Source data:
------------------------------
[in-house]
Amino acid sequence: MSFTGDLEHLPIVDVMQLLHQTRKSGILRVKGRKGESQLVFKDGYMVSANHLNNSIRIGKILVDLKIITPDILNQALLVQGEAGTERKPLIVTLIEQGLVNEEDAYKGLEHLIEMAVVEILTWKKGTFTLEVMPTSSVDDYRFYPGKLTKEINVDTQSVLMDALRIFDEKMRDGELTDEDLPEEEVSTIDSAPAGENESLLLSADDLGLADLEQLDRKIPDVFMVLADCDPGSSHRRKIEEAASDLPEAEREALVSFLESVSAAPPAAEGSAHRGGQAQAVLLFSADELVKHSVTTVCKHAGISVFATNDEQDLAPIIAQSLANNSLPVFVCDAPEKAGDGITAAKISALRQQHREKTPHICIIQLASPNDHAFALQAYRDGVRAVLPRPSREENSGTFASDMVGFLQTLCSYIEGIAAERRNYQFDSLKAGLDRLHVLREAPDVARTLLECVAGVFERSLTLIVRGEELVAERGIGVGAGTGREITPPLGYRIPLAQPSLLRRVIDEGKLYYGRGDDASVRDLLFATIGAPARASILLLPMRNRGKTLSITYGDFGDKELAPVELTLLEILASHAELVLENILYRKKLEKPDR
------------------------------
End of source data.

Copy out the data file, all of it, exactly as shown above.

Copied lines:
[in-house]
Amino acid sequence: MSFTGDLEHLPIVDVMQLLHQTRKSGILRVKGRKGESQLVFKDGYMVSANHLNNSIRIGKILVDLKIITPDILNQALLVQGEAGTERKPLIVTLIEQGLVNEEDAYKGLEHLIEMAVVEILTWKKGTFTLEVMPTSSVDDYRFYPGKLTKEINVDTQSVLMDALRIFDEKMRDGELTDEDLPEEEVSTIDSAPAGENESLLLSADDLGLADLEQLDRKIPDVFMVLADCDPGSSHRRKIEEAASDLPEAEREALVSFLESVSAAPPAAEGSAHRGGQAQAVLLFSADELVKHSVTTVCKHAGISVFATNDEQDLAPIIAQSLANNSLPVFVCDAPEKAGDGITAAKISALRQQHREKTPHICIIQLASPNDHAFALQAYRDGVRAVLPRPSREENSGTFASDMVGFLQTLCSYIEGIAAERRNYQFDSLKAGLDRLHVLREAPDVARTLLECVAGVFERSLTLIVRGEELVAERGIGVGAGTGREITPPLGYRIPLAQPSLLRRVIDEGKLYYGRGDDASVRDLLFATIGAPARASILLLPMRNRGKTLSITYGDFGDKELAPVELTLLEILASHAELVLENILYRKKLEKPDR